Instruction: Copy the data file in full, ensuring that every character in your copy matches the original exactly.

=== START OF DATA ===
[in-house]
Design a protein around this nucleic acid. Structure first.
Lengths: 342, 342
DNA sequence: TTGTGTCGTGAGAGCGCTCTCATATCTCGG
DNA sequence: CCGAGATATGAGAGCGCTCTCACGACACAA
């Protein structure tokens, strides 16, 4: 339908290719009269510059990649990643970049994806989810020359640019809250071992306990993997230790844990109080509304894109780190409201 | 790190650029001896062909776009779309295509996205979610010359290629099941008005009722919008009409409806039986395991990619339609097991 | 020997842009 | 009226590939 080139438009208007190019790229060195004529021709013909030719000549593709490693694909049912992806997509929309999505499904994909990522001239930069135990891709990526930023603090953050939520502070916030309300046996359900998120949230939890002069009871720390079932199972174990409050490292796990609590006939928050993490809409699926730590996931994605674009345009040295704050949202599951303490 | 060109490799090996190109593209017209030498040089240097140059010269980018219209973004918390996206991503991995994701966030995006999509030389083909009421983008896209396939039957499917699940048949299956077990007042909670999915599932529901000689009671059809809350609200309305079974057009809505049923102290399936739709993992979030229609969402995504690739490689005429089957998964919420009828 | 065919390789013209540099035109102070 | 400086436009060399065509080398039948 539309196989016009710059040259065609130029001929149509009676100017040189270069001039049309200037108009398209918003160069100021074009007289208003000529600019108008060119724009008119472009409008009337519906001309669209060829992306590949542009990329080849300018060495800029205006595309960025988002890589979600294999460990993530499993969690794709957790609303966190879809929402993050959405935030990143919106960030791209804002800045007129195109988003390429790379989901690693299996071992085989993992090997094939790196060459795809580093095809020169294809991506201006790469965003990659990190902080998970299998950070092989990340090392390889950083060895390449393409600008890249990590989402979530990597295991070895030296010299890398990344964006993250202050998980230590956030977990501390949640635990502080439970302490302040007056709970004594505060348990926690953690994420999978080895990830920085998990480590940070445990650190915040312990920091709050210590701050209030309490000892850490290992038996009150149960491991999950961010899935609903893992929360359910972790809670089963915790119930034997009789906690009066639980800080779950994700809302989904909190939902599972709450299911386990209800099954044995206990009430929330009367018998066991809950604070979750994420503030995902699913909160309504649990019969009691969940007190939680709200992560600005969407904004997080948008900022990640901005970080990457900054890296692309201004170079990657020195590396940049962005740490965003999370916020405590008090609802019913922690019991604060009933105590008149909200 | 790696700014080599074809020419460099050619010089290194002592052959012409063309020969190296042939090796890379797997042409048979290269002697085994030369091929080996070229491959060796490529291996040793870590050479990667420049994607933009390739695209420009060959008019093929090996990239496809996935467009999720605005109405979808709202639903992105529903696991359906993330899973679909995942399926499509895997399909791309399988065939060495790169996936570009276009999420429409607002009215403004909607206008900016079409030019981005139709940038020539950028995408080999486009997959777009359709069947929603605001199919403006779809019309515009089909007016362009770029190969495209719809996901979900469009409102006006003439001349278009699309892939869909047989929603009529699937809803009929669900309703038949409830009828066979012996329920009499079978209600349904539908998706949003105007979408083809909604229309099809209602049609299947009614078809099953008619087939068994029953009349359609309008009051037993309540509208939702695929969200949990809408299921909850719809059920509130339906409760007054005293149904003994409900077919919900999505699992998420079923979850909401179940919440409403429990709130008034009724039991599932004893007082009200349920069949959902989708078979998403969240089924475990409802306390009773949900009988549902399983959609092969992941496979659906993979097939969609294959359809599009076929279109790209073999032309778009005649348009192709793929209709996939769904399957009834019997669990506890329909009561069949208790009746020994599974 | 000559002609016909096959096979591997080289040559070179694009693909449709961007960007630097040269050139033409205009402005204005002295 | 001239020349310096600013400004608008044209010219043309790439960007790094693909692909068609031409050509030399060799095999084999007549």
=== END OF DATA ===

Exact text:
[in-house]
Design a protein around this nucleic acid. Structure first.
Lengths: 342, 342
DNA sequence: TTGTGTCGTGAGAGCGCTCTCATATCTCGG
DNA sequence: CCGAGATATGAGAGCGCTCTCACGACACAA
């Protein structure tokens, strides 16, 4: 339908290719009269510059990649990643970049994806989810020359640019809250071992306990993997230790844990109080509304894109780190409201 | 790190650029001896062909776009779309295509996205979610010359290629099941008005009722919008009409409806039986395991990619339609097991 | 020997842009 | 009226590939 080139438009208007190019790229060195004529021709013909030719000549593709490693694909049912992806997509929309999505499904994909990522001239930069135990891709990526930023603090953050939520502070916030309300046996359900998120949230939890002069009871720390079932199972174990409050490292796990609590006939928050993490809409699926730590996931994605674009345009040295704050949202599951303490 | 060109490799090996190109593209017209030498040089240097140059010269980018219209973004918390996206991503991995994701966030995006999509030389083909009421983008896209396939039957499917699940048949299956077990007042909670999915599932529901000689009671059809809350609200309305079974057009809505049923102290399936739709993992979030229609969402995504690739490689005429089957998964919420009828 | 065919390789013209540099035109102070 | 400086436009060399065509080398039948 539309196989016009710059040259065609130029001929149509009676100017040189270069001039049309200037108009398209918003160069100021074009007289208003000529600019108008060119724009008119472009409008009337519906001309669209060829992306590949542009990329080849300018060495800029205006595309960025988002890589979600294999460990993530499993969690794709957790609303966190879809929402993050959405935030990143919106960030791209804002800045007129195109988003390429790379989901690693299996071992085989993992090997094939790196060459795809580093095809020169294809991506201006790469965003990659990190902080998970299998950070092989990340090392390889950083060895390449393409600008890249990590989402979530990597295991070895030296010299890398990344964006993250202050998980230590956030977990501390949640635990502080439970302490302040007056709970004594505060348990926690953690994420999978080895990830920085998990480590940070445990650190915040312990920091709050210590701050209030309490000892850490290992038996009150149960491991999950961010899935609903893992929360359910972790809670089963915790119930034997009789906690009066639980800080779950994700809302989904909190939902599972709450299911386990209800099954044995206990009430929330009367018998066991809950604070979750994420503030995902699913909160309504649990019969009691969940007190939680709200992560600005969407904004997080948008900022990640901005970080990457900054890296692309201004170079990657020195590396940049962005740490965003999370916020405590008090609802019913922690019991604060009933105590008149909200 | 790696700014080599074809020419460099050619010089290194002592052959012409063309020969190296042939090796890379797997042409048979290269002697085994030369091929080996070229491959060796490529291996040793870590050479990667420049994607933009390739695209420009060959008019093929090996990239496809996935467009999720605005109405979808709202639903992105529903696991359906993330899973679909995942399926499509895997399909791309399988065939060495790169996936570009276009999420429409607002009215403004909607206008900016079409030019981005139709940038020539950028995408080999486009997959777009359709069947929603605001199919403006779809019309515009089909007016362009770029190969495209719809996901979900469009409102006006003439001349278009699309892939869909047989929603009529699937809803009929669900309703038949409830009828066979012996329920009499079978209600349904539908998706949003105007979408083809909604229309099809209602049609299947009614078809099953008619087939068994029953009349359609309008009051037993309540509208939702695929969200949990809408299921909850719809059920509130339906409760007054005293149904003994409900077919919900999505699992998420079923979850909401179940919440409403429990709130008034009724039991599932004893007082009200349920069949959902989708078979998403969240089924475990409802306390009773949900009988549902399983959609092969992941496979659906993979097939969609294959359809599009076929279109790209073999032309778009005649348009192709793929209709996939769904399957009834019997669990506890329909009561069949208790009746020994599974 | 000559002609016909096959096979591997080289040559070179694009693909449709961007960007630097040269050139033409205009402005204005002295 | 001239020349310096600013400004608008044209010219043309790439960007790094693909692909068609031409050509030399060799095999084999007549």